Rwanda’s economy faces tough times due to suspension or delays in donor funding. This saw the government forced to cut spending by Rwf74 billion ($117 million) between July and December last year.
The EastAfrican’s John Gahamanyi spoke to the IMF resident representative to Rwanda, Mitra Farahbaksh about the state of the country’s economy and what the government can do to deal with the potential risks and opportunities.---
Rwanda’s domestic revenue is insufficient to fund government expenditure, meaning the country has to rely on donor aid. What measures are required to boost domestic revenue?
The government has to reduce its aid dependency through greater domestic resource mobilisation. At the request of the government, the Fund’s technical assistance mission visited Kigali late last year and made a number of recommendations for designing a medium-term strategy for significantly increasing the revenue-to-GDP ratio.
Specifically, it identified eight critical areas, where the focus must be to address weaknesses in tax policy and revenue administration.
These are improving taxpayer compliance, strengthening the tax policy unit, improving tax gap analysis, revising the investment code to reduce exemptions, complementing withholding taxes on dividends and interest by a capital gains tax at a similar rate; and reforming the VAT.
Specifically, when will these measures be implemented?
During the course of the next IMF mission to Kigali, in April, the Fund will discuss with the government the specific measures and the timing of their implementation as well as how much benefit each measure will yield in terms of increasing revenues.
Rwanda is keen to look for other means of financing; one of them is issuing a Eurobond. Given the current macroeconomic conditions, how would you gauge Rwanda’s ability to raise money in the international debt market?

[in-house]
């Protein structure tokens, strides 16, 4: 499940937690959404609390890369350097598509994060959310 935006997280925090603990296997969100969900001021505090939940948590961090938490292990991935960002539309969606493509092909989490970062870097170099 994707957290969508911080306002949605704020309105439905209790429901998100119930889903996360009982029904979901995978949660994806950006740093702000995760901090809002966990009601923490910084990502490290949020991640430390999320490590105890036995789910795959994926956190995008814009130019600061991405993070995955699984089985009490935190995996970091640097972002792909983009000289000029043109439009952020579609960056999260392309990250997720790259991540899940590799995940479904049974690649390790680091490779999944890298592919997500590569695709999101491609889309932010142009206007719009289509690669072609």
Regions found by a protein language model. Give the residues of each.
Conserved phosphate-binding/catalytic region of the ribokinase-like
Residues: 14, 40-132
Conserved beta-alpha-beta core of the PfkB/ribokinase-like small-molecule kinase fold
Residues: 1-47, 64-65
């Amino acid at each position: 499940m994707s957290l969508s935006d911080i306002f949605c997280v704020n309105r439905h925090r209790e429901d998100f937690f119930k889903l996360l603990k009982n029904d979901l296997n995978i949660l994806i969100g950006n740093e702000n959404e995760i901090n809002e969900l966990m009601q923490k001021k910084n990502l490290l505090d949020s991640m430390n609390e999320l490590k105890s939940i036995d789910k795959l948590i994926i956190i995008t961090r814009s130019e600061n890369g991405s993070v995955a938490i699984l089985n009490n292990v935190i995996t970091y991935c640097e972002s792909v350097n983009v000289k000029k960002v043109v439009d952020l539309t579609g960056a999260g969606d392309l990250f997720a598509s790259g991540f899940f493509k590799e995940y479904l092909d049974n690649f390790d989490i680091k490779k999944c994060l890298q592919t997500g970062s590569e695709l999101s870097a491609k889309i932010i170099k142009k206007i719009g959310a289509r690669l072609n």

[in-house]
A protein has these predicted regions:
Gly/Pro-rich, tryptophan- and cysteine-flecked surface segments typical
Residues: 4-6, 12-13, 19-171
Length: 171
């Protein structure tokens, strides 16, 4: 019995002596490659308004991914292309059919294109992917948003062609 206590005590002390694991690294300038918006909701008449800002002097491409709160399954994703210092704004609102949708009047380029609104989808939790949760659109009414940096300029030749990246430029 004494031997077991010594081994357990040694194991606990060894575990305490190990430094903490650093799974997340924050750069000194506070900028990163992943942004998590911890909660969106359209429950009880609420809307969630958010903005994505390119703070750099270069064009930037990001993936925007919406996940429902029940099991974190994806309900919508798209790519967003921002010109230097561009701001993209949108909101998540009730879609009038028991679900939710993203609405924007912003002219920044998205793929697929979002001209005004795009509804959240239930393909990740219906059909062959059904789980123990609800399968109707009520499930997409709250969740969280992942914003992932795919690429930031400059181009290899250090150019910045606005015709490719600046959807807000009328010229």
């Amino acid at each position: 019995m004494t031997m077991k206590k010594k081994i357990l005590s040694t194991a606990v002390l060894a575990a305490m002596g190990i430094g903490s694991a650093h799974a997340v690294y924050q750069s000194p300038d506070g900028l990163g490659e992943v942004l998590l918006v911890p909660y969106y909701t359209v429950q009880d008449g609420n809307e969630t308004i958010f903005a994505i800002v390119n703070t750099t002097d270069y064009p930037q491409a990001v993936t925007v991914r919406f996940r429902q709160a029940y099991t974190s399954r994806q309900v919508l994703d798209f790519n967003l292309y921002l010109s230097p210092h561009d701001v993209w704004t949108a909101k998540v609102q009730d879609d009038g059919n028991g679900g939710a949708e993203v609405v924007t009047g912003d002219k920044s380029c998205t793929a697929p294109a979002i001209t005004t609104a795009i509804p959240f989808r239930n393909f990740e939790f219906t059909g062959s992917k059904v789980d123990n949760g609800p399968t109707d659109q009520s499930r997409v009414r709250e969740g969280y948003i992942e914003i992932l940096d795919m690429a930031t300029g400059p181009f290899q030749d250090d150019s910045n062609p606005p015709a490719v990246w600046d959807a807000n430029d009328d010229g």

Typically, investors will look at a number of factors when deciding to purchase sovereign bonds. They will consider a country’s macroeconomic situation, the level of a country’s debt and the ability of the country to pay its debt.
Rwanda’s macroeconomic conditions have been very good. The economy grew by 8.6 per cent in the first six months of last year. Inflation has been declining.
The macroeconomic outlook remains generally favourable. The country’s debt is about 21 per cent of GDP, which is reasonable. However, there is uncertainty about donor aid and how it is going to affect the economy and its macroeconomic position.
The government has borrowed aggressively in recent years to finance strategic investments like the national carrier RwandAir and the multimillion-dollar Convention Centre. Are you concerned that this aggressive borrowing could affect the country’s current debt status, which according to you, is reasonable?
The debt sustainability analysis prepared by the IMF and the World Bank shows that assuming that aid flows will resume in the first half of 2013, Rwanda’s debt remains sustainable over the medium term. As I said earlier, the debt to GDP ratio is about 21 per cent. It remains sustainable at this time.